Why You Should Learn to Play an Instrument in Retirement

If you think you’re too old to learn a musical instrument, think again. Although childhood is often touted as the best time to learn a different language, music included, retirement can be an ideal time to enroll yourself in lessons. Not only do seniors have more time on their hands, but learning an instrument in your golden years can yield a variety of benefits. From enhancing your memory to boosting your mood, here are a few reasons why you should learn to play an instrument in retirement.

It’s a Stress Reducer

Whether you listen to classical music in the bath or enjoy listening to jazz while cooking dinner, listening to music can work wonders to calm you down and improve your mood. According to researchers, those effects are amplified when you’re the one responsible for creating those soothing melodies. Sitting down with an instrument is a great way to blow off steam, and some retirees even use music as a therapeutic tool. According to the Making Music and Wellness Project, playing music decreases both anxiety and depression. The study tracked eighty seniors over the course of five years, and found that the blood tests of those taking lessons indicated a 90% increase in hGH, a hormone which decreases as one ages. Higher hGH levels increase energy, while causing fewer wrinkles and cases of osteoporosis.

Music Can Improve Memory and Hearing

In 2011, Northwestern University studied musicians between the ages of 56-65 and found that their auditory memory and ability to hear speech in noisy environments were better than their non-musician counterparts. The reason? According to researchers, music training actually fine tunes the nervous system, leading to sharper hearing and retention. Not only that, but learning music is one of the best mental workouts available–like Sudoku on steroids. When you learn something new, whether it be music or another language, the area of the brain that’s involved with memory and concentration is stimulated. Plus, cognitively challenging activities are proven to have a positive effect on warding off dementia and Alzheimer’s disease.  

You’ll Meet New People

Life as a retiree can be challenging from a social perspective. Many individuals of retirement age are dealing with empty nest syndrome, and some may have even lost a partner or been through a divorce. Even if you don’t enroll in group lessons, you’ll still have a chance to meet new people. Many music studios throw parties, open mic nights, or recitals so their students can mingle and get to know each other. Although your main interaction will be with your music teacher, after a while you’ll begin to meet other musicians who share a passion for your instrument or the style of music you play. Whether you invite your friends and family members to play with you, perform at community events, or learn an instrument with your grandchild, learning music is a great way to bond with those around you.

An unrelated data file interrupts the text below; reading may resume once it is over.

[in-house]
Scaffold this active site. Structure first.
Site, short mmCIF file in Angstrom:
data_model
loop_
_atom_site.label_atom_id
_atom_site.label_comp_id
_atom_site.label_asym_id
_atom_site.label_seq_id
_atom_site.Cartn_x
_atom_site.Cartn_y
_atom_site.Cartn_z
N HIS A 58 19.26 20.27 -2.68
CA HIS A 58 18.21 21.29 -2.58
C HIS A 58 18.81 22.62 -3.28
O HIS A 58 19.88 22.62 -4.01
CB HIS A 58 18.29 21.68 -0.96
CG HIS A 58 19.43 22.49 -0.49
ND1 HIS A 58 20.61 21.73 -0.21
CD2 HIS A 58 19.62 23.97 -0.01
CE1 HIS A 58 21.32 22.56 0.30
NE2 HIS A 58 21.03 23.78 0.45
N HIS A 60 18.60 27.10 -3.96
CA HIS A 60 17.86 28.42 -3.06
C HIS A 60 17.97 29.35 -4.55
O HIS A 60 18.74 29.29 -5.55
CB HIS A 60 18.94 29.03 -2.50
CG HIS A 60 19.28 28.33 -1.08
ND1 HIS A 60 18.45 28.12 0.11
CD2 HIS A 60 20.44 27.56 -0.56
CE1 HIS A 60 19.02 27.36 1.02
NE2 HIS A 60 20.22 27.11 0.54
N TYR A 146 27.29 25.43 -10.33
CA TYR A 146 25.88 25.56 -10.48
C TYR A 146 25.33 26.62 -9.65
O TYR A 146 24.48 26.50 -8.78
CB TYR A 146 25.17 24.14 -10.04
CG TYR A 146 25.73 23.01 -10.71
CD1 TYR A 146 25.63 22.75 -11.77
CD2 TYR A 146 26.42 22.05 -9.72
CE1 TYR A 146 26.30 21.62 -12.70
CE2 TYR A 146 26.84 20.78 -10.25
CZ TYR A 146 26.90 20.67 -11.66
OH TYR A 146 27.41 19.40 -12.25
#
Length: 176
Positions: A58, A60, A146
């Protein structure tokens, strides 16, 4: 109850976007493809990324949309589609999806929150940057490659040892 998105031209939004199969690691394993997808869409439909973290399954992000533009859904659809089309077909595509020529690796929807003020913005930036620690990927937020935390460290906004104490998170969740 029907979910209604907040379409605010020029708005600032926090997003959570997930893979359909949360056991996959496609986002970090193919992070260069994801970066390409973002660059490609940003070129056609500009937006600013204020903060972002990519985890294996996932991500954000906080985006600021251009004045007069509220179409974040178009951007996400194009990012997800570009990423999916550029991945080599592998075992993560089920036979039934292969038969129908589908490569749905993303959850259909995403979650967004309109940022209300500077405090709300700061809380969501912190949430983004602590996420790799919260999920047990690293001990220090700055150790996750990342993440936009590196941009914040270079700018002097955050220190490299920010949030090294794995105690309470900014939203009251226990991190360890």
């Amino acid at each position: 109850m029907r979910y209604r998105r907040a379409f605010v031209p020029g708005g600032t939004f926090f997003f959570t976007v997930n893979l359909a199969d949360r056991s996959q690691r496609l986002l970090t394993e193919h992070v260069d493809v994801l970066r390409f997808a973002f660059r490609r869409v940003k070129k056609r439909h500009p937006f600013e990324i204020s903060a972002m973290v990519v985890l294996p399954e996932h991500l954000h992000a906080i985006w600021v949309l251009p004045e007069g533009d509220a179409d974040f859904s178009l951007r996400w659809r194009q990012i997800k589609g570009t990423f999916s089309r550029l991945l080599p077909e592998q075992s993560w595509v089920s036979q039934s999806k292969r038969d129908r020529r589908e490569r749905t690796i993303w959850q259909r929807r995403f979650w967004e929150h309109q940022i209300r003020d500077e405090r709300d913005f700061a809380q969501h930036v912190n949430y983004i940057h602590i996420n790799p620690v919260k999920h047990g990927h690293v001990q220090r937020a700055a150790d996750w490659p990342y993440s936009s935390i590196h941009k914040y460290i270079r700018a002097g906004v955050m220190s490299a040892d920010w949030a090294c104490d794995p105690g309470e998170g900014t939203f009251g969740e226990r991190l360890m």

Music Can Kill Boredom

If you’re newly retired and aren’t living in a retirement home with tons of activities to take part in, ennui can quickly set in. Think about it: you’re accustomed to working 40+ hours a week, and now you have all that extra time to yourself. Unfortunately, those feelings of boredom aren’t as trivial as they may seem, and they can lead to restlessness, depression, physical deterioration, and loneliness if left “untreated.”. Playing a musical instrument is a great way to focus on something new and alleviate some of the boredom from everyday retirement life, which can be as dull as it is relaxing. Some people might look at learning how to play a musical instrument as an activity that’s best done when still a child, but when it comes to music therapy for seniors, it’s never too late to pick up a musical instrument.

Tips for Getting Started

If you’ve decided to enroll in lessons, you’re making the right choice–and here are some tips to help make the process easier. First, find an instructor who has experience teaching older adults who are beginners. Look for someone who has a good reputation in the community, and if you’d feel more at ease learning in the comfort of your own home, ask whether the instructor is willing to travel to you. It’s important to find an instructor with a positive and uplifting personality, because this individual is the person who will help you stay motivated and enthusiastic about your instrument.

 

 

At Music & Arts, we’re accustomed to teaching all age groups–from young children to senior citizens. Learn more about The Lesson Studio here, and visit your local store if you have any questions or are ready to enroll.

 

photo via Federico Cardoner, CC

Music & Arts

Music & Arts is a family owned and operated music resource for parents, students, educators and musicians. With over 140 stores in 23 states and the largest private lesson program in the United States, Music & Arts is an authority on music education and a resource for new and experienced musicians alike.

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